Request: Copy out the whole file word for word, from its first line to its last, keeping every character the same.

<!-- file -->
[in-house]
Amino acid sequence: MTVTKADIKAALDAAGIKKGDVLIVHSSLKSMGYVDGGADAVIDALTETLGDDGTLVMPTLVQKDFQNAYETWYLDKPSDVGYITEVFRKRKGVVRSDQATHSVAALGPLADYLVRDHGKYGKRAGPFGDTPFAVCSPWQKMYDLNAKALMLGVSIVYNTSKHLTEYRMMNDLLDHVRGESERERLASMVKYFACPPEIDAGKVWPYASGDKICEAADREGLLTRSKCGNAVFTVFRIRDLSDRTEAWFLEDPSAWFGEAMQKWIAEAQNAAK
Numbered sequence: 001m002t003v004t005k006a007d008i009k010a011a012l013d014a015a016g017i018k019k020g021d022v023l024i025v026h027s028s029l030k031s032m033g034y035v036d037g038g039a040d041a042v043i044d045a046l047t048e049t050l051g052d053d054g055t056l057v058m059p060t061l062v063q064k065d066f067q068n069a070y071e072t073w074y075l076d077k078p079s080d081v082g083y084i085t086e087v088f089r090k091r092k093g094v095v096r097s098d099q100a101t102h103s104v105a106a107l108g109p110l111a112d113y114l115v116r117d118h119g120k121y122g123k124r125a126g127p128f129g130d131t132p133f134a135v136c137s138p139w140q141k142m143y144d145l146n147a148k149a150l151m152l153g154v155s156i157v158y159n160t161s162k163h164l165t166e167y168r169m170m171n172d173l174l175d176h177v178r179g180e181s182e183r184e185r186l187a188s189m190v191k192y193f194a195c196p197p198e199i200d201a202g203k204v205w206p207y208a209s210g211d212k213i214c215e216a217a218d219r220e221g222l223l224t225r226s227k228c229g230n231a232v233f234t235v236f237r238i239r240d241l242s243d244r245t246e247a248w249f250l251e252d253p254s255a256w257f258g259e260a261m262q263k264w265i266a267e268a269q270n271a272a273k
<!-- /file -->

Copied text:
[in-house]
Amino acid sequence: MTVTKADIKAALDAAGIKKGDVLIVHSSLKSMGYVDGGADAVIDALTETLGDDGTLVMPTLVQKDFQNAYETWYLDKPSDVGYITEVFRKRKGVVRSDQATHSVAALGPLADYLVRDHGKYGKRAGPFGDTPFAVCSPWQKMYDLNAKALMLGVSIVYNTSKHLTEYRMMNDLLDHVRGESERERLASMVKYFACPPEIDAGKVWPYASGDKICEAADREGLLTRSKCGNAVFTVFRIRDLSDRTEAWFLEDPSAWFGEAMQKWIAEAQNAAK
Numbered sequence: 001m002t003v004t005k006a007d008i009k010a011a012l013d014a015a016g017i018k019k020g021d022v023l024i025v026h027s028s029l030k031s032m033g034y035v036d037g038g039a040d041a042v043i044d045a046l047t048e049t050l051g052d053d054g055t056l057v058m059p060t061l062v063q064k065d066f067q068n069a070y071e072t073w074y075l076d077k078p079s080d081v082g083y084i085t086e087v088f089r090k091r092k093g094v095v096r097s098d099q100a101t102h103s104v105a106a107l108g109p110l111a112d113y114l115v116r117d118h119g120k121y122g123k124r125a126g127p128f129g130d131t132p133f134a135v136c137s138p139w140q141k142m143y144d145l146n147a148k149a150l151m152l153g154v155s156i157v158y159n160t161s162k163h164l165t166e167y168r169m170m171n172d173l174l175d176h177v178r179g180e181s182e183r184e185r186l187a188s189m190v191k192y193f194a195c196p197p198e199i200d201a202g203k204v205w206p207y208a209s210g211d212k213i214c215e216a217a218d219r220e221g222l223l224t225r226s227k228c229g230n231a232v233f234t235v236f237r238i239r240d241l242s243d244r245t246e247a248w249f250l251e252d253p254s255a256w257f258g259e260a261m262q263k264w265i266a267e268a269q270n271a272a273k